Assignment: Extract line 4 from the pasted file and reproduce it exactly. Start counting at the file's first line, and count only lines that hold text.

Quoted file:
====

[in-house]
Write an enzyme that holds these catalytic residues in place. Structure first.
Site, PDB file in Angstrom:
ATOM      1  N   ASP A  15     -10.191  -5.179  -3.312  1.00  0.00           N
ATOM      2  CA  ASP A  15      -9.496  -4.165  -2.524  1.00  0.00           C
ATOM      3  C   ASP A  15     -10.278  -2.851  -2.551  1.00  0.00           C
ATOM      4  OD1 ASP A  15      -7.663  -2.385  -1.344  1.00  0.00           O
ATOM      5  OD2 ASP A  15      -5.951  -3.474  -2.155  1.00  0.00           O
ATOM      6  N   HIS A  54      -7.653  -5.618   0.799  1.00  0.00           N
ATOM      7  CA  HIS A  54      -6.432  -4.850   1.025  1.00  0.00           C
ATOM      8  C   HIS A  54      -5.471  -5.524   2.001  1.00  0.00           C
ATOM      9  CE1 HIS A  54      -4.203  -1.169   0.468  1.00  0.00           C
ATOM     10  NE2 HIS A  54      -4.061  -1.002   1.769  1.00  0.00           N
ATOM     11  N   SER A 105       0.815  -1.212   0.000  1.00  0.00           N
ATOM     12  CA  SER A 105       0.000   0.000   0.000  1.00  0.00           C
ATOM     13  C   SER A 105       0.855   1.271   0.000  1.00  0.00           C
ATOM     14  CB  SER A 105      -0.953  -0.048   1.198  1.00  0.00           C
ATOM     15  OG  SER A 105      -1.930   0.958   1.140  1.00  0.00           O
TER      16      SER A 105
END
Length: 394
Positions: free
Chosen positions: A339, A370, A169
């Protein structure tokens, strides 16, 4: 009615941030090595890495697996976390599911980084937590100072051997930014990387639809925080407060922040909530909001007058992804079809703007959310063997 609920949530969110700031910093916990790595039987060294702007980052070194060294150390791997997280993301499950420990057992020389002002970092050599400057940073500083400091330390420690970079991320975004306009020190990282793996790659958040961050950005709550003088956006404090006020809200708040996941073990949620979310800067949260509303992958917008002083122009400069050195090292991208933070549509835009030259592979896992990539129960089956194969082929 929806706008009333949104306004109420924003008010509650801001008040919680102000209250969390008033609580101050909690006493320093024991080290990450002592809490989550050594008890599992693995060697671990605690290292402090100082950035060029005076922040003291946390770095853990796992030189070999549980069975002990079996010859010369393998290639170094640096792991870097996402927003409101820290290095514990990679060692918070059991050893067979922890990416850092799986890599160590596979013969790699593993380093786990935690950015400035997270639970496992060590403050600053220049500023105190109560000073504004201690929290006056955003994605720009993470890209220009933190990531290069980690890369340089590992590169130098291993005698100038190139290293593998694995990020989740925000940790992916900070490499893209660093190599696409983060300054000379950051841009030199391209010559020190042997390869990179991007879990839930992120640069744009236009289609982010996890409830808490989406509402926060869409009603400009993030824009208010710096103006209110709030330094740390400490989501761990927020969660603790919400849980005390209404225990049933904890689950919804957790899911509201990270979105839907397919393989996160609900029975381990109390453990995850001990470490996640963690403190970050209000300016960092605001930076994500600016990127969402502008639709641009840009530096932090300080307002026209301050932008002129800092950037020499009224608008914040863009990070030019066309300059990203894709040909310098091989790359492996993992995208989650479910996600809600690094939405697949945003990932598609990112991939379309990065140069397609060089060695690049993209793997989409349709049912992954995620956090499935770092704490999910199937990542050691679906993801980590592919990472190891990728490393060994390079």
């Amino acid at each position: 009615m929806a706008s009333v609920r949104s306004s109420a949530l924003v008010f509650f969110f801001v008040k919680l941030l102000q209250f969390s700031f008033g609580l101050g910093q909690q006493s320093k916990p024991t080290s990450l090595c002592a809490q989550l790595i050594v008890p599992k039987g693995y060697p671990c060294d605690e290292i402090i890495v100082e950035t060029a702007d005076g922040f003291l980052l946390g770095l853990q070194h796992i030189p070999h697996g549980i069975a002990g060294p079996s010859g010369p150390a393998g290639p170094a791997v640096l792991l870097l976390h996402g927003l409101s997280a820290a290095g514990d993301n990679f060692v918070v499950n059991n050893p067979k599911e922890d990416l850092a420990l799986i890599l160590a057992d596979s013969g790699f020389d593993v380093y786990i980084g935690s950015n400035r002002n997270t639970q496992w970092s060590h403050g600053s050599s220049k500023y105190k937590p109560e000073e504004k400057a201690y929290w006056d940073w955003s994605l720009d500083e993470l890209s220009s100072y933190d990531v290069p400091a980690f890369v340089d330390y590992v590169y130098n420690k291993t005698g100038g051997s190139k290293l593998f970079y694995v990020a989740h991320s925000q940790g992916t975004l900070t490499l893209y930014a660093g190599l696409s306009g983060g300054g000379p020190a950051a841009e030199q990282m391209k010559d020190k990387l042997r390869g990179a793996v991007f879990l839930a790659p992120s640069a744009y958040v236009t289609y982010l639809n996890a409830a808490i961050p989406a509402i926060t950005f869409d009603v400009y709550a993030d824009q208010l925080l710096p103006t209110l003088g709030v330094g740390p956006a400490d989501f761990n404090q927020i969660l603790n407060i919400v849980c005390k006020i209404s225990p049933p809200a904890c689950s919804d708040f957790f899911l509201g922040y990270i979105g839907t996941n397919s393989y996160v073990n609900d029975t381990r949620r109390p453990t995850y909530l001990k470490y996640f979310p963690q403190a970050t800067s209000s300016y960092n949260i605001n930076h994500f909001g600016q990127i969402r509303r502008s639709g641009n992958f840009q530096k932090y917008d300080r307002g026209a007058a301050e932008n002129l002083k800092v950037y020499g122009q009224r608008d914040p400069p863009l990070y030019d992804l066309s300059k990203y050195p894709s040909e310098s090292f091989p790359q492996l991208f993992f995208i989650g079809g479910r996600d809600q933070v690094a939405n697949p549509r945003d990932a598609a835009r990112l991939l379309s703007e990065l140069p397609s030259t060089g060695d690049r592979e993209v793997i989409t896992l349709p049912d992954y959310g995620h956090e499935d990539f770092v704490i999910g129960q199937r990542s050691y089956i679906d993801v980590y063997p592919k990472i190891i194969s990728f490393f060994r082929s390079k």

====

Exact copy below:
ATOM      1  N   ASP A  15     -10.191  -5.179  -3.312  1.00  0.00           N